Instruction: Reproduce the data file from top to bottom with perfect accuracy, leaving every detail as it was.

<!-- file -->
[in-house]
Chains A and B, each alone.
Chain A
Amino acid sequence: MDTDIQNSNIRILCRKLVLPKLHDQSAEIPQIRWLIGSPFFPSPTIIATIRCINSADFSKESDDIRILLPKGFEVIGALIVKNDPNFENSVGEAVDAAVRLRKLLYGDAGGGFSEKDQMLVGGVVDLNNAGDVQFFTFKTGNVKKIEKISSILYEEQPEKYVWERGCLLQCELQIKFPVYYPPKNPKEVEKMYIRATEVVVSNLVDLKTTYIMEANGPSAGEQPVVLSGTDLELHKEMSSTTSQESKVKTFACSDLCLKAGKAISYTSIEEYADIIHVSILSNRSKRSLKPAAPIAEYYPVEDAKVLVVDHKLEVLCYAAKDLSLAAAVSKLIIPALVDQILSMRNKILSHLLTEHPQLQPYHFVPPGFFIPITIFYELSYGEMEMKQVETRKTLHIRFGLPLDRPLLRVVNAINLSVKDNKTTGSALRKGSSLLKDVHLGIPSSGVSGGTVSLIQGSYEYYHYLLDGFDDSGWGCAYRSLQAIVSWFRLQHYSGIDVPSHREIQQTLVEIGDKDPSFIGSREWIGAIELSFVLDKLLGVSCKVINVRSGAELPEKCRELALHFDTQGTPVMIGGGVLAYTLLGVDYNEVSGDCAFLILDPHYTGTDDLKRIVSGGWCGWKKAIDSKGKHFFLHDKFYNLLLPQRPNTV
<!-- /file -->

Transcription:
[in-house]
Chains A and B, each alone.
Chain A
Amino acid sequence: MDTDIQNSNIRILCRKLVLPKLHDQSAEIPQIRWLIGSPFFPSPTIIATIRCINSADFSKESDDIRILLPKGFEVIGALIVKNDPNFENSVGEAVDAAVRLRKLLYGDAGGGFSEKDQMLVGGVVDLNNAGDVQFFTFKTGNVKKIEKISSILYEEQPEKYVWERGCLLQCELQIKFPVYYPPKNPKEVEKMYIRATEVVVSNLVDLKTTYIMEANGPSAGEQPVVLSGTDLELHKEMSSTTSQESKVKTFACSDLCLKAGKAISYTSIEEYADIIHVSILSNRSKRSLKPAAPIAEYYPVEDAKVLVVDHKLEVLCYAAKDLSLAAAVSKLIIPALVDQILSMRNKILSHLLTEHPQLQPYHFVPPGFFIPITIFYELSYGEMEMKQVETRKTLHIRFGLPLDRPLLRVVNAINLSVKDNKTTGSALRKGSSLLKDVHLGIPSSGVSGGTVSLIQGSYEYYHYLLDGFDDSGWGCAYRSLQAIVSWFRLQHYSGIDVPSHREIQQTLVEIGDKDPSFIGSREWIGAIELSFVLDKLLGVSCKVINVRSGAELPEKCRELALHFDTQGTPVMIGGGVLAYTLLGVDYNEVSGDCAFLILDPHYTGTDDLKRIVSGGWCGWKKAIDSKGKHFFLHDKFYNLLLPQRPNTV